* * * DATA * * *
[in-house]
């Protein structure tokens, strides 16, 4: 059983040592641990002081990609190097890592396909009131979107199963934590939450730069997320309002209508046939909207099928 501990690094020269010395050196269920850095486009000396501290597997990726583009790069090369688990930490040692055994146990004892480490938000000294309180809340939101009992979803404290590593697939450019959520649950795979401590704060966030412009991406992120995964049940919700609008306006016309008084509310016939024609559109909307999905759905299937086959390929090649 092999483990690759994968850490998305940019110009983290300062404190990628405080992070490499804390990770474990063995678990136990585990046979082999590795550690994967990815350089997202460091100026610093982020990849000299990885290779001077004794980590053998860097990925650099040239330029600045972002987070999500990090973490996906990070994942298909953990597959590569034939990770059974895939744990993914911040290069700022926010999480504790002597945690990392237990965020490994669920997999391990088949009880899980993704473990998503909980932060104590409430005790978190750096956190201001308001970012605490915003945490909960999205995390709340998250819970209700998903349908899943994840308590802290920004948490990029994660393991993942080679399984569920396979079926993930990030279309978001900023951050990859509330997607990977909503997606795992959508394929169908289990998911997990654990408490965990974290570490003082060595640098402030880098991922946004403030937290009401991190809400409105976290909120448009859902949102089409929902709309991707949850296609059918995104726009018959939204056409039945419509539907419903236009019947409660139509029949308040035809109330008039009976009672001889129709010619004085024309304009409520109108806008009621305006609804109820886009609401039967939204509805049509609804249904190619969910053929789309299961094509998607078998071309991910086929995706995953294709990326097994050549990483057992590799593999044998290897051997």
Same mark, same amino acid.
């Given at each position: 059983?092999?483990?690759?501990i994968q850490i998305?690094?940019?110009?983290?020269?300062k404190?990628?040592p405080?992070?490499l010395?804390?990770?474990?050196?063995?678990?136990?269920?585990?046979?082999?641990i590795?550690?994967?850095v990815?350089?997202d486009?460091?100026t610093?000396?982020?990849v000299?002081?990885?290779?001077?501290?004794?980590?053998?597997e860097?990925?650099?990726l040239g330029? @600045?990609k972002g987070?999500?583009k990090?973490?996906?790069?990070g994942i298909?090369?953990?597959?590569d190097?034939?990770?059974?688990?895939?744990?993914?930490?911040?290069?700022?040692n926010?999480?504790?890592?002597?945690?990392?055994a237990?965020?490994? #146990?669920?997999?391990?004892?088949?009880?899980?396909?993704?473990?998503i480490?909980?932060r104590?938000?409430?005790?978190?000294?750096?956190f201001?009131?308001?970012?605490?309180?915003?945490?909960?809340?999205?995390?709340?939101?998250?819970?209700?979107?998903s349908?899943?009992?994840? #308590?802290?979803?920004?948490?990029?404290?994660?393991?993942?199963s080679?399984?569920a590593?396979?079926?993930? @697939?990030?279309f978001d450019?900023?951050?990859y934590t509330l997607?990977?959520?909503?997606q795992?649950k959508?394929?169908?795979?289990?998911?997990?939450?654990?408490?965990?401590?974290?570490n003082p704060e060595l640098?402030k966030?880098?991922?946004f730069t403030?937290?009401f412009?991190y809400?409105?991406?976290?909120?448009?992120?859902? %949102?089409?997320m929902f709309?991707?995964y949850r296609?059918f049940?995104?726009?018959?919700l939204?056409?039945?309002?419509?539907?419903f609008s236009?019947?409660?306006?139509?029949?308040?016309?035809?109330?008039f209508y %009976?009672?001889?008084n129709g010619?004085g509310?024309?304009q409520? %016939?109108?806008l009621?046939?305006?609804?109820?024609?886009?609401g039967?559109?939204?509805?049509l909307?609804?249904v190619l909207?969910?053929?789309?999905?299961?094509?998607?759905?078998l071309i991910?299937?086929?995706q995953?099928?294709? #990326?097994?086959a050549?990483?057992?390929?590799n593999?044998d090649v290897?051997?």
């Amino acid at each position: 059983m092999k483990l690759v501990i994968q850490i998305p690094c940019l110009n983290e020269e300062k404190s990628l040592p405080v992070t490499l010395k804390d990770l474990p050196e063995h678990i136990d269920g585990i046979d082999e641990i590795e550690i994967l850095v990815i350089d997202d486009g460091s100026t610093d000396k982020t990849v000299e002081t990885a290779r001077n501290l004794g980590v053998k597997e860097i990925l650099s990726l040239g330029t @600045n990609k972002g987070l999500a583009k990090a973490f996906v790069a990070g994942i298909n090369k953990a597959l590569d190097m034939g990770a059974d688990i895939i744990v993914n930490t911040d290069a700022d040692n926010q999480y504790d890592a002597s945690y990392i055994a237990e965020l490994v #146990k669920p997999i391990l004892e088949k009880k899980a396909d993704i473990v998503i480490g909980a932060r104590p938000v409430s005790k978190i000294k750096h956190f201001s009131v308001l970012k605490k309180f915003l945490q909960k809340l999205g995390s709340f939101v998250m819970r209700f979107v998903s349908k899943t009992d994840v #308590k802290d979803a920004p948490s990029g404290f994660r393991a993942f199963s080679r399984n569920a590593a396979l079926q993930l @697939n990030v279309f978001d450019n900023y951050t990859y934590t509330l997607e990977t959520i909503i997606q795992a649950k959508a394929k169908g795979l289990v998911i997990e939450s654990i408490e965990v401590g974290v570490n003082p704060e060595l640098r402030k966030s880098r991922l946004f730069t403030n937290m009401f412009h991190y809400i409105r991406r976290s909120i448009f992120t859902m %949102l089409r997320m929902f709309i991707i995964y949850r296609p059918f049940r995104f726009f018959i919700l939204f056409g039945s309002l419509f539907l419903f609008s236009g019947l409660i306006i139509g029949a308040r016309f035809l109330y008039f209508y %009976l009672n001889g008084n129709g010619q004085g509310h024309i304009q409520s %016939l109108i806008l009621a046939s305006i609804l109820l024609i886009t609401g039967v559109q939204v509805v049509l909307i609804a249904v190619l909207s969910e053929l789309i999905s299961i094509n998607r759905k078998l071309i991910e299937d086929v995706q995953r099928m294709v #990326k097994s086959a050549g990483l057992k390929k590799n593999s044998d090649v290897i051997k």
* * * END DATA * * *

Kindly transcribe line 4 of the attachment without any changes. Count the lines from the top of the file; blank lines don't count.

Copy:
């Given at each position: 059983?092999?483990?690759?501990i994968q850490i998305?690094?940019?110009?983290?020269?300062k404190?990628?040592p405080?992070?490499l010395?804390?990770?474990?050196?063995?678990?136990?269920?585990?046979?082999?641990i590795?550690?994967?850095v990815?350089?997202d486009?460091?100026t610093?000396?982020?990849v000299?002081?990885?290779?001077?501290?004794?980590?053998?597997e860097?990925?650099?990726l040239g330029? @600045?990609k972002g987070?999500?583009k990090?973490?996906?790069?990070g994942i298909?090369?953990?597959?590569d190097?034939?990770?059974?688990?895939?744990?993914?930490?911040?290069?700022?040692n926010?999480?504790?890592?002597?945690?990392?055994a237990?965020?490994? #146990?669920?997999?391990?004892?088949?009880?899980?396909?993704?473990?998503i480490?909980?932060r104590?938000?409430?005790?978190?000294?750096?956190f201001?009131?308001?970012?605490?309180?915003?945490?909960?809340?999205?995390?709340?939101?998250?819970?209700?979107?998903s349908?899943?009992?994840? #308590?802290?979803?920004?948490?990029?404290?994660?393991?993942?199963s080679?399984?569920a590593?396979?079926?993930? @697939?990030?279309f978001d450019?900023?951050?990859y934590t509330l997607?990977?959520?909503?997606q795992?649950k959508?394929?169908?795979?289990?998911?997990?939450?654990?408490?965990?401590?974290?570490n003082p704060e060595l640098?402030k966030?880098?991922?946004f730069t403030?937290?009401f412009?991190y809400?409105?991406?976290?909120?448009?992120?859902? %949102?089409?997320m929902f709309?991707?995964y949850r296609?059918f049940?995104?726009?018959?919700l939204?056409?039945?309002?419509?539907?419903f609008s236009?019947?409660?306006?139509?029949?308040?016309?035809?109330?008039f209508y %009976?009672?001889?008084n129709g010619?004085g509310?024309?304009q409520? %016939?109108?806008l009621?046939?305006?609804?109820?024609?886009?609401g039967?559109?939204?509805?049509l909307?609804?249904v190619l909207?969910?053929?789309?999905?299961?094509?998607?759905?078998l071309i991910?299937?086929?995706q995953?099928?294709? #990326?097994?086959a050549?990483?057992?390929?590799n593999?044998d090649v290897?051997?």